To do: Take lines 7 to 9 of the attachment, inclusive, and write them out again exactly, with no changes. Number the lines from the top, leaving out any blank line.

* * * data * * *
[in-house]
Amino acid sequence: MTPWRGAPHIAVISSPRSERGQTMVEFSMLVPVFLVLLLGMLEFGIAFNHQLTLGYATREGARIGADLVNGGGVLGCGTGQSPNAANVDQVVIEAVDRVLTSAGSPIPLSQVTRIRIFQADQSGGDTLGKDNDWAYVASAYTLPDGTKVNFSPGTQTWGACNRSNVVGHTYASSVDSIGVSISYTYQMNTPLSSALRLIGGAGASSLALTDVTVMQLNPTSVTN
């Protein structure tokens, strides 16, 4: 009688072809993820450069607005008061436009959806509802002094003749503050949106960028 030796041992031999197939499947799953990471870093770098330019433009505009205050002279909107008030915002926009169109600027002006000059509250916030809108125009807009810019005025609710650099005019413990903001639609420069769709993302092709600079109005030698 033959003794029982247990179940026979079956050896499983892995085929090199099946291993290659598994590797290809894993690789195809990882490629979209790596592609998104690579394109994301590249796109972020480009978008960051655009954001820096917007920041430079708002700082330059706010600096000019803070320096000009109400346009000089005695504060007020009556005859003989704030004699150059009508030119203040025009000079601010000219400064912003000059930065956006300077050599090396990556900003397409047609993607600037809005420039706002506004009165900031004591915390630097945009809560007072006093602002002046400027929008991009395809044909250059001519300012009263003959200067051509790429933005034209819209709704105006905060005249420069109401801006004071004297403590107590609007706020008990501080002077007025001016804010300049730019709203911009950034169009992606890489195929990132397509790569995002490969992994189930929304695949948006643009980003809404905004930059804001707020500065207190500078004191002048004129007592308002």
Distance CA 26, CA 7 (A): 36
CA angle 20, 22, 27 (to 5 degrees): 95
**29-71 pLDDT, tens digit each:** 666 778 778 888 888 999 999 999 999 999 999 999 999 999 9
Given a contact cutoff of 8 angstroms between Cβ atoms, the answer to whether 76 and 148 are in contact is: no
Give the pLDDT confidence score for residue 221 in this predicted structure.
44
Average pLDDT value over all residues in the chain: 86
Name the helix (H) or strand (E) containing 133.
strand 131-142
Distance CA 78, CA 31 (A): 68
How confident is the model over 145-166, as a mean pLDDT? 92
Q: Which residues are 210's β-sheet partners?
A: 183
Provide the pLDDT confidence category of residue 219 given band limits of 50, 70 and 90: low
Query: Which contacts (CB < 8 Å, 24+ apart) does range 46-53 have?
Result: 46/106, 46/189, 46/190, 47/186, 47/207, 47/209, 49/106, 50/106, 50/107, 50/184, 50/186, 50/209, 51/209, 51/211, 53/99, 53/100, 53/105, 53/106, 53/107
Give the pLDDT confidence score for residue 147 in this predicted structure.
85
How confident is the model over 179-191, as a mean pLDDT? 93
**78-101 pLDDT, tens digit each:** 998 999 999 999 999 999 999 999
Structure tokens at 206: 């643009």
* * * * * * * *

Given a contact cutoff of 8 angstroms between Cβ atoms, the answer to whether 76 and 148 are in contact is: no
Give the pLDDT confidence score for residue 221 in this predicted structure.
44